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Transcript
I~
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Social Thought & Research
ERICH FROMM'S CONCEPT OF SOCIAL
CHARACTERl
RAINER FUNK
Erich Fromm Archive, Tuebingen
Social Thought & Research, 1998, Vol. 21, No. 1-2
The tenn "social character" is at the center of Erich Fromm's
psychoanalytical thought. The significance of this term in
Fromm's approach to psychoanalysis, how he understands it.
how it is molded and what its function is will be the first topic of
this paper. Since I have already dealt with the concept of social
character elsewhere, I would like to confine myself to a
summary and say some words on the background against which
Fromm developed his psychoanalytical approach.
The term "social character" emerges only at the end of the
1930's. A first systematic description can be found in the
appendix of the book Escape from Freedom in the year 1941.
The idea behind the concept of "social character". however. had
taken shape in Fromm's mind much earlier.
The Fromm literature either connects his own psychoanalytical
approach to the Freudo-Marxism of the Frankfurt School or to
Harry Stack Sullivan's theory of interpersonal relationship. It is
certainly true that Fromm formulated his .own (namely
social-psychologically-oriented)
psychoanalytical
approach
within the context of the Frankfurt Institute for Social Research.
The argument with the members of the Institute in the late
thirties, especially Horkheimer, Marcuse, and to a lesser extent
Adorno, was sparked off by Freudian instinct theory, Their
argument can only be understood if the specifically Frornrnian
approach connecting sociological and psychological thought is
taken into account. It was not developed only in the context of
the Frankfurt School, but ten years earlier in Fromm's
dissertation in 1922 (cf. Fromm 1989b).
214
1 Copyright 1998 by Dr. Rainer Funk, Ursrainer Ring 24, 0-72076 Tuebingen,
Germany Tel. 07071-600004; Fax 07071-6qOO49 email: [email protected]
Social Thought & Research
In his dissertation, Fromm examined why Jews living in the
Diaspora think, feel and act in a certain way despite the lack of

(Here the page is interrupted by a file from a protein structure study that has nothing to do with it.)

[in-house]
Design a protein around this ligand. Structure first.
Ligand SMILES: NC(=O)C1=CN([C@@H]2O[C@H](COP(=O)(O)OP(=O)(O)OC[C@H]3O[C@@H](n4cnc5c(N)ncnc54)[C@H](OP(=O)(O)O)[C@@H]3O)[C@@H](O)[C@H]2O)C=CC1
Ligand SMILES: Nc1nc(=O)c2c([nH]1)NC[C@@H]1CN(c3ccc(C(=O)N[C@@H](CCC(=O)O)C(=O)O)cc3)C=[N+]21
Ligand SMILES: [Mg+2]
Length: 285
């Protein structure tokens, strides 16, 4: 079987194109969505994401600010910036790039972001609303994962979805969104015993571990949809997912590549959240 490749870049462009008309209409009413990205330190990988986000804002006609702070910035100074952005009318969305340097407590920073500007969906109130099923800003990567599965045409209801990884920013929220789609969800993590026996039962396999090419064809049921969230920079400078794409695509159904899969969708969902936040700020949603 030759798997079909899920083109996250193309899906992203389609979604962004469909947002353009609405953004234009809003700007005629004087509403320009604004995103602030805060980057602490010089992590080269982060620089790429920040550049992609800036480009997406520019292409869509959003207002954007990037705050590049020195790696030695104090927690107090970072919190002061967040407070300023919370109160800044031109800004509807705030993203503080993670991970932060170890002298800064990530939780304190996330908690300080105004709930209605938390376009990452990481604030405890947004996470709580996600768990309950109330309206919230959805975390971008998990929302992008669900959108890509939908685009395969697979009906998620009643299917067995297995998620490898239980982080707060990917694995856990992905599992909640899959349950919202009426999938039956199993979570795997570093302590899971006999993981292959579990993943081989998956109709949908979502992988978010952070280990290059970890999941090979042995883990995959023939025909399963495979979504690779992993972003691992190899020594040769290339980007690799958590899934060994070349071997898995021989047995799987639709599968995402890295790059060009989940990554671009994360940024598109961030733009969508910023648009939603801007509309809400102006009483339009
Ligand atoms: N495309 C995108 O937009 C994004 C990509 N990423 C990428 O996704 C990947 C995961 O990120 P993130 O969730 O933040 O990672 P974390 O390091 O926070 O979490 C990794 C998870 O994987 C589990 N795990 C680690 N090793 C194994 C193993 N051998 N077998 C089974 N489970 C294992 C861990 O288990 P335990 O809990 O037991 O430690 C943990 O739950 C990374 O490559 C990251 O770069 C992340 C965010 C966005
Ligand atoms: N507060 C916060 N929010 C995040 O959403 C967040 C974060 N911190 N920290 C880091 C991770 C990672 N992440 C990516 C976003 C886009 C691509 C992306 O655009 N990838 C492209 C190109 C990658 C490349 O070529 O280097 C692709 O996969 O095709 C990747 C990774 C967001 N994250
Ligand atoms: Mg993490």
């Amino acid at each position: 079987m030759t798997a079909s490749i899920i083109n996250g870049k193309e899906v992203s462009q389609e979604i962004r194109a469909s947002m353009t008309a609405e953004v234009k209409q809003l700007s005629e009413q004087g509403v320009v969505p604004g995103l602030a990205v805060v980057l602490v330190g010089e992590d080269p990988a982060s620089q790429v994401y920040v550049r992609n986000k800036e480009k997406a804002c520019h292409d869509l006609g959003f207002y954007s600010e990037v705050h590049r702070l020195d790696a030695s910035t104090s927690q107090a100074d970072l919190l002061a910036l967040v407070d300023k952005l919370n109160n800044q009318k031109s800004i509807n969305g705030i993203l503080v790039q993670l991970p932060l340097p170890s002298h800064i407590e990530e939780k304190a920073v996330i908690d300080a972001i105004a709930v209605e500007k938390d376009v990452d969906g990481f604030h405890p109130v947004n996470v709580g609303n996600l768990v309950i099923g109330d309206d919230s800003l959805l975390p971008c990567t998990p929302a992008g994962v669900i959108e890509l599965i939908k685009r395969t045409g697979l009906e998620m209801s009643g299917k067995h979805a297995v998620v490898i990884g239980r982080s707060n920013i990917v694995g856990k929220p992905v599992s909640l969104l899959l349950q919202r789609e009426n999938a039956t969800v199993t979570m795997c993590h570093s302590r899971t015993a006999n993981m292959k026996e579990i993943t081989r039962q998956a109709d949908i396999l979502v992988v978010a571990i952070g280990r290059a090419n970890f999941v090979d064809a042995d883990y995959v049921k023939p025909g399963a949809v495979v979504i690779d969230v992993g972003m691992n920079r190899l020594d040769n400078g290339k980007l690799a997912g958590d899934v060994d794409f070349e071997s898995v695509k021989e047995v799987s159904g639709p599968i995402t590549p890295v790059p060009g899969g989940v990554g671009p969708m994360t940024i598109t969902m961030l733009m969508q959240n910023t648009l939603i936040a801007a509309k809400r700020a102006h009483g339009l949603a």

state or church institutions.
Fromm's
answer to this
social-psychological question was: it is a certain way of life of
these Diaspora Jews that enables them to passionately realize the
spirit of the Torah from within. It was just when Fromm was
wri.ting. his disse~ation with Alfred Weber at Heidelberg
University that he first came into contact with Sigmund Freud's
psychoanalysis.
His own psychoanalytical experience as a
patient ?f Fri~da Reichmann in Heidelberg, Wilhelm Wittemberg
In Munich, Karl Landauer in Frankfurt and Hanns Sachs in
Berlin, as well as his sociological education, enabled him to
expre~s ~is ~ocial-psychological thought in tile language of
Freudian IOs(Jnc~-onented d~ve theory and to develop a theory
of Freudo-Marxlsm.
Society, Fromm realized, cannot be
understood only in terms of its economic, political and Cultural
structure but primarily in terms of its libidinous structure.
W.rhoever discerns and examines this libidinal structure
understands how the socio-economic basis affeas the ideas and
ideals of a society and that the "basis" and "superstructure" are
conveyed by a libidinal structure.
The fact that Fromm, corning from sociology, formulated his
psychoanalytical approach as a social-psychological one, is met
with resistance by both psychoanalysts and sociologists.
Psychoanalysts find the idea of a social unconsciousness hard to
accept. On the other hand, sociologists find no use for the
unconsciousness of society and direct their interest towards the
"external support" and the binding power of institutions and not
so much towards the internal structure.
Fron101, however,
speaks of such a psychic structure of society and of the
un~onsciousness of society and thereby makes an extremely
fruitful new approach to psychoanalysis possible.
If one takes seriously the basic sociological premise that there
are forces and patterns that are rooted in society itself- a
premise that is difficult for most psychoanalysts to accept-- then
the question can be raised as to whether or not there is
something like an unconsciousness of society , and , if so ,
according to what patterns it develops and whether or not it can
be investigated like the unconscious of an individual. If one first
accepts the possibihty that society has an unconsciousness,
whi~h can be called the social unconscious, then the next step is
to tree oneself from a misguided understanding of society.
Fromm enlphasizes in his short but
Important
work,
216
Erich Fromm's Concept of Social Character
"Psychoanalyse und Soziologie" (1929), that "the subiect of
sociology, society, in reality consists of individuals... Human
beings do not have one 'individual psyche,' which functions
when a person performs as an individual and so becomes the
object of psychoanalysis, contrasted to a completely separate
'mass psyche' with all sons of mass instincts, as well as vague
feelings of community and solidarity, which spring into actio,n
whenever a person performs as part of a mass" (1929; GA L p. 3).
Rather, the individual must be understood as socialized a priori.
and thus the psyche is to be understood as being "developed
and determined through the relationship of the individual to
society" (1929, p. 5).
As the basis for his approach, Fromm refers to statements of
Freud's in Group Psychology and the Analysis of the Ego (1921) in